Reid, Not Just a Tin Ear
For the last few days as the Blagojevich crisis has moved to the District, I have been nurturing a sense that Reid et al. have handled the situation just about as badly as they could while demonstrating that old tin ear so fundamental to democratic politics and governance. As is his wont, Erwin Chemerinsky offers a clear-headed legal analysis in yesterday’s LA Times. He cites Powell v. McCormack for the proposition that the Senate cannot deny a seat to a duly elected or appointed congressperson except on grounds of constitutional ineligibility. While I am not an expert, it seems to me that the Senate has some standing to refuse a seat if state law governing the election or appointment of a candidate has not been satisfied–which appears to be Reid’s current position. Regardless, the point of tone and precedent that animates Chemerinsky’s analysis is dead on. The threat not to seat any Blagojevich appointee was without legal authority, and destined to be called as a bluff, thereby giving Blagojevich a credibility opportunity while painting Reid and the leadership as a bunch of overreaching bullies. The whole game of deferring a constructive meeting until today so as to set up the crisis at the Senate Chamber door also seems to me the worst sort of posturing, and a distraction that serves nobody’s true interests–least of all the agenda of change. If today’s compromise was the obvious and right result, they should have met over the weekend so as to have it in place for yesterday. Most concerning, however, is the demonstrated regard for the use of power Chemerinsky identifies. Is this the new politics? Seems awfully familiar to me.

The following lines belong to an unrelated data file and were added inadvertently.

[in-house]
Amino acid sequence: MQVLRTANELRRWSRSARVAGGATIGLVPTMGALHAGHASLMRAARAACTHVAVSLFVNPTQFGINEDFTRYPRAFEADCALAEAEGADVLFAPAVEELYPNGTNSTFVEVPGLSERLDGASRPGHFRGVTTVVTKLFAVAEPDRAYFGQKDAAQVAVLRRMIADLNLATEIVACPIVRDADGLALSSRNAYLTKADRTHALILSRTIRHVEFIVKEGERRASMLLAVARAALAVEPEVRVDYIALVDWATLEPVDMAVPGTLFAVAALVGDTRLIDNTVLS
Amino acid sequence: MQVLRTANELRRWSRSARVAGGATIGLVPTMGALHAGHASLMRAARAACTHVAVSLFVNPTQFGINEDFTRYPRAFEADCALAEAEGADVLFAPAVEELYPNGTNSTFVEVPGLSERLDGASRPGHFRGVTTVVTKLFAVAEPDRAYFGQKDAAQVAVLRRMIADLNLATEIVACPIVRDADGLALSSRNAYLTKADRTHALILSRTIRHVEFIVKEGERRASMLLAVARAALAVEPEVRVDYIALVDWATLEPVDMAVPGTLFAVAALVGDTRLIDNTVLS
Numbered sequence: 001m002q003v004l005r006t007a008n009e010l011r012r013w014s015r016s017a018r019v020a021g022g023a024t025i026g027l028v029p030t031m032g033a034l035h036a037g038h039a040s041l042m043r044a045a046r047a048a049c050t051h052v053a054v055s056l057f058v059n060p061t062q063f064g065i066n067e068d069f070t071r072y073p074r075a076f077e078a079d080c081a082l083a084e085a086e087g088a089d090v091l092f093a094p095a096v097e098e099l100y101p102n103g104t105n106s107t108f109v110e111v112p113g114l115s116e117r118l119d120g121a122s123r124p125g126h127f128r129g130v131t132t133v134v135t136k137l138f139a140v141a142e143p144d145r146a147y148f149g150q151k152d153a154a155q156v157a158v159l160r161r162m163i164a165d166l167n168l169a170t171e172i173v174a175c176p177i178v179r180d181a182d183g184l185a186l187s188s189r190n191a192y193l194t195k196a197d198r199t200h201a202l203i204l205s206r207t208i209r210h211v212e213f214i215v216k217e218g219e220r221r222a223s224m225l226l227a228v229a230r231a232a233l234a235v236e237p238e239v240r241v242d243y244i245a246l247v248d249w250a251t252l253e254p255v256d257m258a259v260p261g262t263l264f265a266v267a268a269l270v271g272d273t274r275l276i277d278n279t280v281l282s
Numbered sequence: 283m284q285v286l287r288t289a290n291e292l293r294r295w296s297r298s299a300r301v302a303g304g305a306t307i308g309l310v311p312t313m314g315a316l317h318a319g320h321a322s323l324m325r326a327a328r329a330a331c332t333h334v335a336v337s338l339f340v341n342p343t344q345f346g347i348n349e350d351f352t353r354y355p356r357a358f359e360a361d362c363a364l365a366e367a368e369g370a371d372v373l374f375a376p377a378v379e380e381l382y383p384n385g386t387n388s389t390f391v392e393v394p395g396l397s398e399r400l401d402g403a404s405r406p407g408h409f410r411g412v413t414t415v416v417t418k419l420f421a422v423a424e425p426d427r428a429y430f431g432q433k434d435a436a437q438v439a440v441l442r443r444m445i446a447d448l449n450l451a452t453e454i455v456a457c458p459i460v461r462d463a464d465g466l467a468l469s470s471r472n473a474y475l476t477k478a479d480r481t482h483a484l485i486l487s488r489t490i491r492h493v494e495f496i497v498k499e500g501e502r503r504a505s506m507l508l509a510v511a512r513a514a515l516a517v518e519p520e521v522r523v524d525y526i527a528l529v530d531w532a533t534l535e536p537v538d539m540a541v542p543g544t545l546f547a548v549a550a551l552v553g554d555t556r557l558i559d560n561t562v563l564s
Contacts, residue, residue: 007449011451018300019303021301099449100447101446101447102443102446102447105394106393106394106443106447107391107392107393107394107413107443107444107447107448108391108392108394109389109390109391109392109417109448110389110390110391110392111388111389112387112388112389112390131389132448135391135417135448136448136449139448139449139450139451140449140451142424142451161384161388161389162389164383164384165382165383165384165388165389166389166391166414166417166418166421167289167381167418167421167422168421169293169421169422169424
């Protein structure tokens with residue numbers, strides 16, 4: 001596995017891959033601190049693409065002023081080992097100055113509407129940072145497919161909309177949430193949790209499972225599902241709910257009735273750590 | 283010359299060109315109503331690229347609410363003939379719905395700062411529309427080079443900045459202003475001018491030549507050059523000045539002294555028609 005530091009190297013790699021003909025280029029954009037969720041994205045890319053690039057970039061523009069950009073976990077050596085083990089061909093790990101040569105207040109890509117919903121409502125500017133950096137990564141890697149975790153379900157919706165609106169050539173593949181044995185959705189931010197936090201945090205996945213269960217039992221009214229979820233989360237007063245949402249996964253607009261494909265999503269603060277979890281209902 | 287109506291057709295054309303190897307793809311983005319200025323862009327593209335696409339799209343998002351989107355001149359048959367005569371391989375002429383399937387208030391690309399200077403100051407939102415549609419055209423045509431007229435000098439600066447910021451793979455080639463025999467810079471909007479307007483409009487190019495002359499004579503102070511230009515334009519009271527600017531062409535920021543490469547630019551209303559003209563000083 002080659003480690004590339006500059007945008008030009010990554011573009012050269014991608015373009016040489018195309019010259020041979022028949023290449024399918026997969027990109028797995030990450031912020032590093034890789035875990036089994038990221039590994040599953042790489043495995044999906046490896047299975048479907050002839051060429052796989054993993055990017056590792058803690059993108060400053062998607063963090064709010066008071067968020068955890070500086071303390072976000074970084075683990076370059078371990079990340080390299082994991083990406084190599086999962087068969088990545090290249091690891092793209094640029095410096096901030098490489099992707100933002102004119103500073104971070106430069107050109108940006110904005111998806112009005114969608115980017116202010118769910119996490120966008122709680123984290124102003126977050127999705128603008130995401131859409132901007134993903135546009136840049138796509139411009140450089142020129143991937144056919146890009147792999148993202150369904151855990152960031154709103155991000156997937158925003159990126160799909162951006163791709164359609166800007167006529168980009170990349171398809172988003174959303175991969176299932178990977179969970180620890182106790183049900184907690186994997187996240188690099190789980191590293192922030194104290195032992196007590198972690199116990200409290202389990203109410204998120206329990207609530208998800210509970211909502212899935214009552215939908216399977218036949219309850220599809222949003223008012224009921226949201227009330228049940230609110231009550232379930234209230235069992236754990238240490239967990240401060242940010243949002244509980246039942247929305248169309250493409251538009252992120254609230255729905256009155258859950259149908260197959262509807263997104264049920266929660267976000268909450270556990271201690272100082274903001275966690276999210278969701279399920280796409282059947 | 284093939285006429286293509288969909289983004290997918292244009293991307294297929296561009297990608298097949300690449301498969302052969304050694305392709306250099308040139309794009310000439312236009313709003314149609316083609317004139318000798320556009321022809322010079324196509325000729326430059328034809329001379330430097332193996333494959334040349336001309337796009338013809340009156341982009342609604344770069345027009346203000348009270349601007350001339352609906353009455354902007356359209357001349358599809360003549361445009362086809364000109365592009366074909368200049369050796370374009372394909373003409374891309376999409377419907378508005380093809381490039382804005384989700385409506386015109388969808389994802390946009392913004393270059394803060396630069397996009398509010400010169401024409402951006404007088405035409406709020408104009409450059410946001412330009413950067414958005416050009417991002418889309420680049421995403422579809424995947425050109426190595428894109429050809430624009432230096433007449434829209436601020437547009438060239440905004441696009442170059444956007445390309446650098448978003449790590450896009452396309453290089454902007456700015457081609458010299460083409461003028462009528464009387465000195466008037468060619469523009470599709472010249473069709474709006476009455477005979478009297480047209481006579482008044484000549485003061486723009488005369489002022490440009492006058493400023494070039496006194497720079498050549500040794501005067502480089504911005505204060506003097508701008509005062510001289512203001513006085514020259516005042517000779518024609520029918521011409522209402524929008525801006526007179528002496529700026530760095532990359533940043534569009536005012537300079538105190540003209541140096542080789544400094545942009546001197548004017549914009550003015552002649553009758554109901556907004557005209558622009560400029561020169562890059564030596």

A shout out to my colleague Bob Condlin for drawing my attention to Erwin’s editorial.